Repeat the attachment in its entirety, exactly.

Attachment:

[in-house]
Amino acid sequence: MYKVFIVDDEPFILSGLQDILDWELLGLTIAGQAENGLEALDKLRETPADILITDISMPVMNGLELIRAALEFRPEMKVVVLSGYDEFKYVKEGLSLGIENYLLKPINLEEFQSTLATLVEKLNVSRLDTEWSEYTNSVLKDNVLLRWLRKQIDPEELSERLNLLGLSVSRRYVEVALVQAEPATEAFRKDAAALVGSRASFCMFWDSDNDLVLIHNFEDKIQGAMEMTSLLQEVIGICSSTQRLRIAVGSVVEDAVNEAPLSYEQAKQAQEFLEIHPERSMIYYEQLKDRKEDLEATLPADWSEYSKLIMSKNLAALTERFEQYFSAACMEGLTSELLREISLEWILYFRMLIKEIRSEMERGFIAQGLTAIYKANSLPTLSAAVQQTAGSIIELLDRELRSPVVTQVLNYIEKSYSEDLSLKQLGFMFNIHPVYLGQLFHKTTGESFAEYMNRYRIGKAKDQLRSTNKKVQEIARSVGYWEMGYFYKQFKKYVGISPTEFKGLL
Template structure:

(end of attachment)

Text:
[in-house]
Amino acid sequence: MYKVFIVDDEPFILSGLQDILDWELLGLTIAGQAENGLEALDKLRETPADILITDISMPVMNGLELIRAALEFRPEMKVVVLSGYDEFKYVKEGLSLGIENYLLKPINLEEFQSTLATLVEKLNVSRLDTEWSEYTNSVLKDNVLLRWLRKQIDPEELSERLNLLGLSVSRRYVEVALVQAEPATEAFRKDAAALVGSRASFCMFWDSDNDLVLIHNFEDKIQGAMEMTSLLQEVIGICSSTQRLRIAVGSVVEDAVNEAPLSYEQAKQAQEFLEIHPERSMIYYEQLKDRKEDLEATLPADWSEYSKLIMSKNLAALTERFEQYFSAACMEGLTSELLREISLEWILYFRMLIKEIRSEMERGFIAQGLTAIYKANSLPTLSAAVQQTAGSIIELLDRELRSPVVTQVLNYIEKSYSEDLSLKQLGFMFNIHPVYLGQLFHKTTGESFAEYMNRYRIGKAKDQLRSTNKKVQEIARSVGYWEMGYFYKQFKKYVGISPTEFKGLL
Template structure: